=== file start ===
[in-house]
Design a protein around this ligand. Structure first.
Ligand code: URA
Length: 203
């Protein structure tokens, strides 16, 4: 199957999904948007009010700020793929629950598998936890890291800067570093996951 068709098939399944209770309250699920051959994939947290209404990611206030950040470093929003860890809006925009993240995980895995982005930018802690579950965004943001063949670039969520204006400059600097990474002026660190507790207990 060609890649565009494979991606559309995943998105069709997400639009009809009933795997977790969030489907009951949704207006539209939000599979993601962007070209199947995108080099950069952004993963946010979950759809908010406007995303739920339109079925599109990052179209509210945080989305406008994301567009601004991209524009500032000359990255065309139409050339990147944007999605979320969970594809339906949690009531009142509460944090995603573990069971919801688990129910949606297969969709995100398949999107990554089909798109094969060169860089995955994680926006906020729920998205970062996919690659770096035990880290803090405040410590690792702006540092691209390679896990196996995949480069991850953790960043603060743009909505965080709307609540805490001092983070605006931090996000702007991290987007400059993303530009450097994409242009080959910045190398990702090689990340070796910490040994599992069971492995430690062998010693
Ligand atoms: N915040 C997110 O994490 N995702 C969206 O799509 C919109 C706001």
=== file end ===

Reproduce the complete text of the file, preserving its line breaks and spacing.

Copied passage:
[in-house]
Design a protein around this ligand. Structure first.
Ligand code: URA
Length: 203
């Protein structure tokens, strides 16, 4: 199957999904948007009010700020793929629950598998936890890291800067570093996951 068709098939399944209770309250699920051959994939947290209404990611206030950040470093929003860890809006925009993240995980895995982005930018802690579950965004943001063949670039969520204006400059600097990474002026660190507790207990 060609890649565009494979991606559309995943998105069709997400639009009809009933795997977790969030489907009951949704207006539209939000599979993601962007070209199947995108080099950069952004993963946010979950759809908010406007995303739920339109079925599109990052179209509210945080989305406008994301567009601004991209524009500032000359990255065309139409050339990147944007999605979320969970594809339906949690009531009142509460944090995603573990069971919801688990129910949606297969969709995100398949999107990554089909798109094969060169860089995955994680926006906020729920998205970062996919690659770096035990880290803090405040410590690792702006540092691209390679896990196996995949480069991850953790960043603060743009909505965080709307609540805490001092983070605006931090996000702007991290987007400059993303530009450097994409242009080959910045190398990702090689990340070796910490040994599992069971492995430690062998010693
Ligand atoms: N915040 C997110 O994490 N995702 C969206 O799509 C919109 C706001």